The Hurricanes were tasked to open the fixed wing displays on both days, after waiting for the RAF Falcons and their associated Dornier Do228 to perform their final displays of 2017. Within the United Kingdom we are blessed with shows such as Duxford greeting onlookers with gaggles of Spitfires idling on the runway waiting to depart in swathes of noise, but to see a similar set-up with Hurricanes was unbelievable. The routine itself was nothing ground-breaking, with the aircraft formed into two vic-three formations in line astern performing gentle and flowing turns, yet its simplicity evoked a sense of how patrol and defence operations over Southern England might have looked during World War II. Particularly noticeable was the engine sound - or somewhat lack of - the aircraft only quietly trailing across the sky, unlike the Spitfire or Mustangs tail chases which provide a much more aggressive soundtrack and overall pace. The Battle of Britain Memorial Flight soon followed up the Hurricane formation, with only Hurricane and Lancaster attending on the Sunday due to minor technical issues with the Spitfire. It would be interesting to understand why the BBMF did not include their Hurricane within the preceding formation, particularly given the aircraft's appearance immediately after its counterparts. Nevertheless, the Hurricane was displayed with a panache that the BBMF seem to have really refined this year, with countless topside passes and more intimate flying for the crowd.

A personal highlight amongst the smattering of warbirds and heavier multi-engine aircraft was Tiger Nine in their slow and pondering Tiger Moths (plus an interloping singleton DH.60GIII Moth). The largest civilian display team in the United Kingdom, they did a fine job of holding some tight formations in relatively gusty conditions. The simplicity of the display sequence works incredibly well and the carousel of the aircraft towards the end of the display is of particular amusement. This was further enhanced by their commentator, Tim Emrys-Roberts, who provided arguably the most amusing voiceover to a display all weekend and, perhaps, one of the best commentaries of the season. Managing to strike a good balance between the aviation enthusiasts and families alike, Tim even managed to turn the aerial racetrack of nine aircraft into a bizarre aviation-inspired horse race!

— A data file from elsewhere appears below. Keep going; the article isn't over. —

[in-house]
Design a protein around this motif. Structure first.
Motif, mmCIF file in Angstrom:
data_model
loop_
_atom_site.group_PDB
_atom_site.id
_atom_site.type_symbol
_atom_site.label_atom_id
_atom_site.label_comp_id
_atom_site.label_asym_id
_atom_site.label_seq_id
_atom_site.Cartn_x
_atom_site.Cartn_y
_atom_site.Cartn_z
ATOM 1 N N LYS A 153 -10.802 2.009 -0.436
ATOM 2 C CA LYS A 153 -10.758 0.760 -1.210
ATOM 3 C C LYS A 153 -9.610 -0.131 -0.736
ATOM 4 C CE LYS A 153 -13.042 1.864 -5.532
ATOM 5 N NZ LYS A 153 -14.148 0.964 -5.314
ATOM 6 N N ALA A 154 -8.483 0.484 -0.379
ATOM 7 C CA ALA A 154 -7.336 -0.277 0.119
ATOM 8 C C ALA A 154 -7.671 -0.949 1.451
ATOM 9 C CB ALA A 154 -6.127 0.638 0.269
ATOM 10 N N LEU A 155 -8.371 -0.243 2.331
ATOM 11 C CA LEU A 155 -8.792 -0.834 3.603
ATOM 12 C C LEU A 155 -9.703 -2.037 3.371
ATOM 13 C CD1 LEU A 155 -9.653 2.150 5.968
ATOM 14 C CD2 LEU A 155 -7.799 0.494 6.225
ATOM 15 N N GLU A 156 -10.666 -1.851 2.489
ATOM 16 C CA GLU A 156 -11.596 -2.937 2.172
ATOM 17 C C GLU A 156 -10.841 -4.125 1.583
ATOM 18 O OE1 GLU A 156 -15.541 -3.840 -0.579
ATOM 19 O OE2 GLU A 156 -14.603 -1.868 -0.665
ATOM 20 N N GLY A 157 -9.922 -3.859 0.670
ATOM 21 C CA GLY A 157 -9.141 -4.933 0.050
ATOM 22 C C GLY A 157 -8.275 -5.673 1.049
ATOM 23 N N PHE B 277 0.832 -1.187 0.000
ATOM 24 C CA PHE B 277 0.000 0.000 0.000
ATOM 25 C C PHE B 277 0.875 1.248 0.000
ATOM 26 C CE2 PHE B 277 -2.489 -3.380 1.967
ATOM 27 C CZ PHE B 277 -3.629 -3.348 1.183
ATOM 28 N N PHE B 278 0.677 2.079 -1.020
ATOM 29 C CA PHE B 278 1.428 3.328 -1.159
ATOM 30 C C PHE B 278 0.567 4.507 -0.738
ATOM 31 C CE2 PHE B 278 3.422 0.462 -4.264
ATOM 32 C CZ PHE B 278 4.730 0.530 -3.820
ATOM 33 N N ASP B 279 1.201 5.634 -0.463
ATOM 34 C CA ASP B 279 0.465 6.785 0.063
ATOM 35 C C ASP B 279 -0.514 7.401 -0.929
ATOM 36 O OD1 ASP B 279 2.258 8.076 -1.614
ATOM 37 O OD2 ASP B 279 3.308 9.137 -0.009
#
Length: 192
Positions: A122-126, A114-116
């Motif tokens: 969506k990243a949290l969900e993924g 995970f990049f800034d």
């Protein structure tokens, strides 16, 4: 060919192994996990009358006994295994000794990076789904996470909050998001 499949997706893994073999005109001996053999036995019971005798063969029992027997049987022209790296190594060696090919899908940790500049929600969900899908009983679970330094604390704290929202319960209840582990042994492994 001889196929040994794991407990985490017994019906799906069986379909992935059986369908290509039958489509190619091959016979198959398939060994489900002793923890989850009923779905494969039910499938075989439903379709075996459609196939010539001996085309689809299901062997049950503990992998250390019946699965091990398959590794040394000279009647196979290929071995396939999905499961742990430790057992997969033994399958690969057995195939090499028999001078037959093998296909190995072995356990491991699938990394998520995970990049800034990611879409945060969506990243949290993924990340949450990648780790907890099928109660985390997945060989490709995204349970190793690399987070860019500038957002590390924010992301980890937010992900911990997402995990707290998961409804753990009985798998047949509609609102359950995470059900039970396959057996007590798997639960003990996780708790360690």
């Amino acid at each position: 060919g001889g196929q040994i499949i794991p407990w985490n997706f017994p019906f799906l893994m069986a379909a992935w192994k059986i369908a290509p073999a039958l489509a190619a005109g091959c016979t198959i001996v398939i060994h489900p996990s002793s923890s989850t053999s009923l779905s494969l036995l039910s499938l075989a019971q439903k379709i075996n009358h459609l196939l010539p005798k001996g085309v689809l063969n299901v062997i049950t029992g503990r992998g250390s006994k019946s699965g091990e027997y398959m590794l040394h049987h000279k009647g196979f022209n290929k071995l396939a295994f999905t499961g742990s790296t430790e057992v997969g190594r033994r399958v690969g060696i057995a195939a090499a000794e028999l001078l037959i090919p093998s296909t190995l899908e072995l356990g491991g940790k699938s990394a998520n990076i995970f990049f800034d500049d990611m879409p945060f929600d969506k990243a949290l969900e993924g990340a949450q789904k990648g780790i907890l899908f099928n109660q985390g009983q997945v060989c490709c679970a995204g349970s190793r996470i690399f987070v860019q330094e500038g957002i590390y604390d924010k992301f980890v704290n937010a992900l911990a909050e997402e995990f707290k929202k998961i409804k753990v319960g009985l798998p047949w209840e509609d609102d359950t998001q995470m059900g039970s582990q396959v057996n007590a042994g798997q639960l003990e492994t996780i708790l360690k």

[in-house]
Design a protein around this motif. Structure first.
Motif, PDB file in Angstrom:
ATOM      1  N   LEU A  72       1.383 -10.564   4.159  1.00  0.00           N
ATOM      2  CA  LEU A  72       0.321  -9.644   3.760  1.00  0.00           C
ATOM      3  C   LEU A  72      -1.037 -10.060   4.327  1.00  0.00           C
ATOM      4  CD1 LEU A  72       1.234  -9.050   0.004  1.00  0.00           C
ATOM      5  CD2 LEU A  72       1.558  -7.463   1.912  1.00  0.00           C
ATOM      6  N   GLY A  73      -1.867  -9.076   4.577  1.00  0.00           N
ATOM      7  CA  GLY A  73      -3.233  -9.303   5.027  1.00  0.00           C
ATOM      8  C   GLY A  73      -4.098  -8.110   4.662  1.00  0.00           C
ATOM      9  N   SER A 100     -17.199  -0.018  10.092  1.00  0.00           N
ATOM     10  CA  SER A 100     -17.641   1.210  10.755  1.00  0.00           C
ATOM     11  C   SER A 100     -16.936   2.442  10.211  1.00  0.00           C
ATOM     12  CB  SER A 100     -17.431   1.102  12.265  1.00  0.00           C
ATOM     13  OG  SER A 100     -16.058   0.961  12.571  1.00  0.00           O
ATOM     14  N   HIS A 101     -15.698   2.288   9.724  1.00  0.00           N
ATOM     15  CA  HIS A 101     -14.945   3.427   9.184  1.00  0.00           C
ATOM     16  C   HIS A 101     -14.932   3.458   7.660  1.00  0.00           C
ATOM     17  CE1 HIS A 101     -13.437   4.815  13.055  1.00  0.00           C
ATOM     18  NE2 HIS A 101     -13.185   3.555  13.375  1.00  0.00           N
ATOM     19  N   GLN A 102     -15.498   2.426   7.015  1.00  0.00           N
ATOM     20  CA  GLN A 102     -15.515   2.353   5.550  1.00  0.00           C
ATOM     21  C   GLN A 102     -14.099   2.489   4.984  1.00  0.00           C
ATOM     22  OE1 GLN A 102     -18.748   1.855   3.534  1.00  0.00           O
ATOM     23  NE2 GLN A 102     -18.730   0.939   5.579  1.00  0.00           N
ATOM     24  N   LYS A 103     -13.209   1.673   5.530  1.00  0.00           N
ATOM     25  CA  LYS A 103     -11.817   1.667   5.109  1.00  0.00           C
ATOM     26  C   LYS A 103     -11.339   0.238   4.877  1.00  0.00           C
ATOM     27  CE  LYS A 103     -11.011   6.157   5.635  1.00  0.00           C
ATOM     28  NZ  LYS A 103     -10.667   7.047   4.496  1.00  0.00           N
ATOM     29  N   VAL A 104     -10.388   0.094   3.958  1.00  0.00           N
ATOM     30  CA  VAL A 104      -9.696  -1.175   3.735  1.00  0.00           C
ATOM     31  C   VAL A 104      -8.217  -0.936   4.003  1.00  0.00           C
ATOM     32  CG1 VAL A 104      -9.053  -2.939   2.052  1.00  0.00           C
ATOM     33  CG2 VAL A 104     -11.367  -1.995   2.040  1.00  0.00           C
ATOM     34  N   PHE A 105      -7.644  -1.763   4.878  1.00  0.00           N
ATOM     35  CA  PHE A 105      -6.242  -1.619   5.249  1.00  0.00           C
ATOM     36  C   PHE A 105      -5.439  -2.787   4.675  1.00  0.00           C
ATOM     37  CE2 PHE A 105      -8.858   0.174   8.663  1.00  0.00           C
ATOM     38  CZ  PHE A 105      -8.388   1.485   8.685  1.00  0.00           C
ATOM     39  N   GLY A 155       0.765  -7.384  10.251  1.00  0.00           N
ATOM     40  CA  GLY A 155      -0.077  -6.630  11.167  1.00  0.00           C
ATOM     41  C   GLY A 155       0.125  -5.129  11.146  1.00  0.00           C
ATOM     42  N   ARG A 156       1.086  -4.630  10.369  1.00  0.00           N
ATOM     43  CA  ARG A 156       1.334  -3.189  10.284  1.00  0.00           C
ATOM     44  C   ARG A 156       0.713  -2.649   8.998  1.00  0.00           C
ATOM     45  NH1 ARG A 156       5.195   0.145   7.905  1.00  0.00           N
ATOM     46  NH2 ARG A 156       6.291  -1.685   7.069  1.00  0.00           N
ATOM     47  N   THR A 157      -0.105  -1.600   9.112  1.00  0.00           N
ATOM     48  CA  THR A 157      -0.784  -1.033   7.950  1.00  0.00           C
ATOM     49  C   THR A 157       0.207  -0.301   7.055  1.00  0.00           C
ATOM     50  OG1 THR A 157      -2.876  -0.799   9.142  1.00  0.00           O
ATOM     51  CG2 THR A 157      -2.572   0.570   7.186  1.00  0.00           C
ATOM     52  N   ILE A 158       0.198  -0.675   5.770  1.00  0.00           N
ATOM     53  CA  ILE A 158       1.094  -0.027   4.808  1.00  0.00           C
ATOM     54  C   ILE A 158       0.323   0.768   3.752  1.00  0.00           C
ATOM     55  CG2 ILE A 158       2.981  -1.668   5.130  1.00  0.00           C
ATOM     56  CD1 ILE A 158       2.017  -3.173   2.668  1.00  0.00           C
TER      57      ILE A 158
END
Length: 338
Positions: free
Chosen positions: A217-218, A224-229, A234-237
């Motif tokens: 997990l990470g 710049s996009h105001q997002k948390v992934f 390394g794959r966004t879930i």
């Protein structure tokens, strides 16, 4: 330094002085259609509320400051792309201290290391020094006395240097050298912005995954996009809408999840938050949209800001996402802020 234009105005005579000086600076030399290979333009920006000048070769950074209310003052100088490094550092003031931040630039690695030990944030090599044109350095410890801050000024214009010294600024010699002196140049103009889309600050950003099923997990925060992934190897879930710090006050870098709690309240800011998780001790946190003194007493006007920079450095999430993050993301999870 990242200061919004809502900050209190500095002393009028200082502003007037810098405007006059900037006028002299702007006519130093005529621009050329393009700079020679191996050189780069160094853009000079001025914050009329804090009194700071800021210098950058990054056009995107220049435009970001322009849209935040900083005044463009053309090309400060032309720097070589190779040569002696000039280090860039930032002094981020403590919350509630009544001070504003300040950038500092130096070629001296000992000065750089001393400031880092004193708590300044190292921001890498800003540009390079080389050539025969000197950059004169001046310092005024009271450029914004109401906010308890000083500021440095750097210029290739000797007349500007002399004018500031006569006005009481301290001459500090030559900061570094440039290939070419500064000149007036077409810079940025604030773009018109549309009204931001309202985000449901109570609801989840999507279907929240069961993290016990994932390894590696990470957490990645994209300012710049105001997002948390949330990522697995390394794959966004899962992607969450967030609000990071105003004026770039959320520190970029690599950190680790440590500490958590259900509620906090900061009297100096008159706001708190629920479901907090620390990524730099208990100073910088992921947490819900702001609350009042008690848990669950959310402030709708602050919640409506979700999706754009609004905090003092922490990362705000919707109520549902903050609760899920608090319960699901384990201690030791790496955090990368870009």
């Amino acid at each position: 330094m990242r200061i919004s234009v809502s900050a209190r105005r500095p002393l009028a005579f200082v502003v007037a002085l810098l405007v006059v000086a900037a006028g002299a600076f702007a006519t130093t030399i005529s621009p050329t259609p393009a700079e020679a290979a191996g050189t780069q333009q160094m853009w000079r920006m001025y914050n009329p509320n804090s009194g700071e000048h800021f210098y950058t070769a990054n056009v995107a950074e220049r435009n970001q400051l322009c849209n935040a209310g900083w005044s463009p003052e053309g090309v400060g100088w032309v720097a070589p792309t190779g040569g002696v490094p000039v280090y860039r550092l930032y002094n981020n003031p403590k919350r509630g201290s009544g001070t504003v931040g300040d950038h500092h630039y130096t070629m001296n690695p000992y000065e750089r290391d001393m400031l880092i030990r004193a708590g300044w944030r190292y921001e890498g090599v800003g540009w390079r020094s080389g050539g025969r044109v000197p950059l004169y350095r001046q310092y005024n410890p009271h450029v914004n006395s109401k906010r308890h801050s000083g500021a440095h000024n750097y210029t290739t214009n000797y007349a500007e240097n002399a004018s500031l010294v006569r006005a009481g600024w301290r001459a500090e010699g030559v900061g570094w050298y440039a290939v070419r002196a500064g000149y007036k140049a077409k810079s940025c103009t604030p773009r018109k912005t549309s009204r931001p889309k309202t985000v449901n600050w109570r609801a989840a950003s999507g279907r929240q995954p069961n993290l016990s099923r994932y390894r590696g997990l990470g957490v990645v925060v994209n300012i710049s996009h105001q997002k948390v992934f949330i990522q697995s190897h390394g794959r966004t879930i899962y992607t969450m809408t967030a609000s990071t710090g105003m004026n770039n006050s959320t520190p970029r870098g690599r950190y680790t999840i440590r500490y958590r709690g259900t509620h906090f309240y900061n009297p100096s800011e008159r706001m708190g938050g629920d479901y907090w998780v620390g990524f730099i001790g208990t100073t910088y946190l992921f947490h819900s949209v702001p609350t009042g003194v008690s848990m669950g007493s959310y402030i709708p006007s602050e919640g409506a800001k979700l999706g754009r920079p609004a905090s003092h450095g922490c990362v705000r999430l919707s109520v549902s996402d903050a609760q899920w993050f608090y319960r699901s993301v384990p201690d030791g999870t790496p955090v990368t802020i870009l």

Unfortunately, those same gusty conditions on Sunday meant that the planned formation of Bristol Mercury engined aircraft, compromising the Aircraft Restoration Company's Blenheim and the Shuttleworth Collection's Gladiator and Lysander, were unable to perform as a three-ship. Luckily John Romain was able to get airborne in the Blenheim and provide yet another masterful solo display - it remains a very appealing routine for the many photographers that populate airshow crowdlines. Historic Aircraft Collection's Hawker Fury biplane was another frustrating drop-out thanks to Sunday's breeze. An elusive performer thanks in part to so few bookings, it was due to perform a pairs display with its stablemate, the Nimrod II. Sadly only those that attended on the Saturday were able to catch a glimpse of this Hawker biplane pairing.

The Royal Navy Historic Flight's Sea Fury T20 was a late addition to the show line-up, with Lt Cdr Chris Götke bringing the aircraft to Duxford for its first public showing since the forced landing at Culdrose Air Day in 2014, albeit only on static display. North Weald Aviation Services have completed some sterling work on the airframe and it will be an absolute joy to see it back on the flying display circuit in 2018. A display alongside the Air Leasing-operated Fury II is a tantalising prospect for the future, especially with Richard Grace's brutish and powerful displays with big air aerobatics and curving approaches from either side of the crowd line. Sadly, the pairs display that was planned for this show of the aforementioned Sea Fury and the TFC Grumman Bearcat didn't materialise on the Sunday, with the Bearcat suffering a landing gear snag leading to a precautionary return to the airfield. It did, however, allow for a slightly extended showing of the Fury, with the display using every available inch of sky to demonstrate this immaculate aircraft for every angle. Further adding to the potential list of airworthy Sea Furys in the UK was the clearly visible progress being made with The Fighter Collection's Sea Fury T20. The Bristol Centaurus powerplant is however being replaced with a Pratt & Whitney R2800 Double Wasp, which has been coupled to a huge four-bladed propeller. Whilst no longer making the aircraft a pure-bred Sea Fury, the installation of an R2800 has been described as a'temporary fix' by TFC until the Centaurus engine is fully overhauled. Either way, it will be great to see the aircraft in the air after spending over five years grounded.